I stopped off at the Golden Fleece for tea on the way home, slightly dizzy from lack of food and thinking to make the most of the joint remainders of sun in sky and book in bag. Aldersbrook – my estate, a conversation area of Epping Forest named after the Alders Brook, a tributary of the nearby River Roding – is a bit of a London oddity, in that it has absolutely no pubs. A Wikipedia entry (now deleted) blames this upon “the generally pro-temperance Edwardian era in which the estate was laid out”; either way, if I fancy a pint I have to walk 25 minutes, either to The George (in Wanstead), The Wanstead Tap (not in Wanstead), or The Golden Fleece (Manor Park).
The table to the left of me was home to a few of the most obnoxious men I’d seen in AT LEAST the past week, who were having some sort of “comedy competition” which seemed to rest upon which of them could make the loudest, most unintelligible grunting noises, occasionally interspersed with references to how much they all admired Keith Lemon. In short, a shower of absolute tosspotting cunts. The table to the right, on the other hand, seated a handsy couple who were deep in muttered discussion over how to covertly record a third party whilst also ensuring it would stand up in court. I necked a dispiriting butterfly chicken and chips and got the hell out of dodge.
My route home led over the Flats, which are – as their name suggests – very flat, an attribute which tonight seemed somehow to make the sky seem much bigger than usual. A couple of glasses of wine in, I gawped up at it, feeling slightly panicky and overwhelmed at the sheer size of it. The sun was low on the horizon, and the clouds were lower still; heavy, pendulous clouds in charcoal grey, heralding the thunderstorm we’d been promised for the past four days. “When I get home,” I announced to nobody in particular – because nobody was there – “I shall listen to The Big Sky by Kate Bush.” The burnished gold of the near-setting sun along with the oppressive darkness of the clouds made the world around me look like an under-exposed sepia photograph. Kids were on the playing fields, making the most of the last hours of daylight, the last days of summer; the texture of the light drenching them in nostalgia before the moment had even passed.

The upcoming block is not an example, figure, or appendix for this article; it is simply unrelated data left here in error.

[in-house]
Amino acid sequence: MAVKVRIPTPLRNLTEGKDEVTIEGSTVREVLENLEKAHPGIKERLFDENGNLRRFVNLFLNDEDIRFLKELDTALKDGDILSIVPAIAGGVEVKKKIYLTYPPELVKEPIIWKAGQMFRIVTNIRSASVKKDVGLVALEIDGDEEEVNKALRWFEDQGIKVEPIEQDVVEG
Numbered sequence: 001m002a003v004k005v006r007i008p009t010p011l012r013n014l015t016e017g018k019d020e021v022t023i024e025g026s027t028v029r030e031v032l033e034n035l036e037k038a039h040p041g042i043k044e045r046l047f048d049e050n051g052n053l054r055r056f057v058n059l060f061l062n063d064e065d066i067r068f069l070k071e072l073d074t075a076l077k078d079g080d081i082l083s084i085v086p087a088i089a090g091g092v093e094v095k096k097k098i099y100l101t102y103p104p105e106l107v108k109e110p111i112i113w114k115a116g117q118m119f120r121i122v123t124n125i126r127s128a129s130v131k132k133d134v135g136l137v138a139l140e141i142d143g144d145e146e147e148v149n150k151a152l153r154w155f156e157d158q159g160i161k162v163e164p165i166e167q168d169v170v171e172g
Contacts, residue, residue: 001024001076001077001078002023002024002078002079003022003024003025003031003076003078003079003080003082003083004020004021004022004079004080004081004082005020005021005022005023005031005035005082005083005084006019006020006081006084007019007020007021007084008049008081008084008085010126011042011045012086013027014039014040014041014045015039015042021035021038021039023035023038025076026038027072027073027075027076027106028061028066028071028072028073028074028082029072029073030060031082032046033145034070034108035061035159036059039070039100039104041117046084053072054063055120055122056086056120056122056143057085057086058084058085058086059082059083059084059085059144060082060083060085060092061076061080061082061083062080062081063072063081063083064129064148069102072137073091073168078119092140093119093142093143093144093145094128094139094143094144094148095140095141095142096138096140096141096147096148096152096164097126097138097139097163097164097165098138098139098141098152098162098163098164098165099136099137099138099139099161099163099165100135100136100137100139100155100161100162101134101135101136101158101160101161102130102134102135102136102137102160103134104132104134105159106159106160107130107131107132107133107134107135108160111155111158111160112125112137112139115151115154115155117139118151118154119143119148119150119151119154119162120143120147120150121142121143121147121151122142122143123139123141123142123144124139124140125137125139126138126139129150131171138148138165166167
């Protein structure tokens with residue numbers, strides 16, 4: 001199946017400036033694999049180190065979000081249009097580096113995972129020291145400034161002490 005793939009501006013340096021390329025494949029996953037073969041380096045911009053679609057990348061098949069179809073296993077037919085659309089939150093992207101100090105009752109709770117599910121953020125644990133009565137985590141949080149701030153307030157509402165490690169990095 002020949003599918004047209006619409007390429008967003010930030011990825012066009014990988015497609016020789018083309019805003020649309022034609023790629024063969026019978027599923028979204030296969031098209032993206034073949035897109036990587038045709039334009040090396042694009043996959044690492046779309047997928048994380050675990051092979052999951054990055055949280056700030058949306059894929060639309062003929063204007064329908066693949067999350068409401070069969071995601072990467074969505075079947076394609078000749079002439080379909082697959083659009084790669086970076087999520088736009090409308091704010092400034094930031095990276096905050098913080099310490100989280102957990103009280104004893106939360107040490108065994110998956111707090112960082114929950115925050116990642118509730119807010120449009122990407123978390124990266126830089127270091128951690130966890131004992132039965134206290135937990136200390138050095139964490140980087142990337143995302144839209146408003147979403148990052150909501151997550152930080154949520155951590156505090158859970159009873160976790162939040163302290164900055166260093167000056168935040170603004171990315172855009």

Wanstead Flats was historically part of the Forest of Essex; however, due to its reputation as a bit of a wasteland, it was less favoured by the nobility, something which commoners took advantage of by using it as a space for grazing. In the 1800s, during disputes between landowners and commoners over the ongoing enclosure of huge swathes of the forest, the Earl of Cowley attempted to enclose a large section of the Flats. This led to considerable protest from commoners, who were encouraged to “attend by thousands…to protest against the enclosures”.
Ongoing tussles over enclosure led eventually to the Epping Forest Act of 1878, which ensured the protection of Epping Forest and its continued use by the public by placing it under the management of the City of London. More on this here. On the Flats, local people being granted the right of common pasture, enshrining their grazing rights in law. It’s possible actually that I still have this right; however due to my current lack of cattle it’s not something I’ve looked into in any detail.
By Alexandra Lake – the largest of the lakes on the flats, and a particular haven for birdlife – I discovered an odd thing. It was roosting time, but instead of taking their usual nesting spot on the banks of the pond, a large group of geese (Canadian) had arranged themselves in a circle on the football field, like a fairy ring of mushrooms. I slowed and quietened my footsteps, trying to take advantage of the fact that most of their heads were stowed under-wing to get close enough to work out what was happening. No luck – they rose en masse and shifted off as soon as I drew closer than three metres. I carried on, leaving them to whatever sacred ritual they were performing.
Birds, of course, have a known history of performing black magic.
On the banks of the lake I met a good clump of the splendidly named black horehound (ballota nigra); a member of the mint family which is a deep purple-black in colour and smells – to me at least – like Walkers’ smoky bacon crisps. It doesn’t taste like it (believe me, I’ve tried); like many of the less palatable mints, it tastes a little of rusted metal, a little of rotted flesh. Not a great flavour for toothpaste.
(During my childhood, there’d been a plant in the front garden which we’d referred to as “smoky bacon plant”; I’m not sure it’s the same thing, though I suspect that that was probably also a mint. The lamiaceae family is a notorious cross-breeder, so when in doubt I tend to just gesticulate wildly & say, “Oh, yes, certainly a mint – could be a hybrid.” I literally know nothing about anything.)
I glanced back toward the fairy ring of geese before leaving. Another woman had stopped on the outside of the circle and was stood stock still, staring at the circle of geese in bewilderment. I paused, meeting her eyes in a brief flash of solidarity – solidarity for being so small, for being apart from nature, for not being able to go back to what we once were, for not understanding what was happening here. A fat raindrop landed on my shoulder; the beginnings of the storm.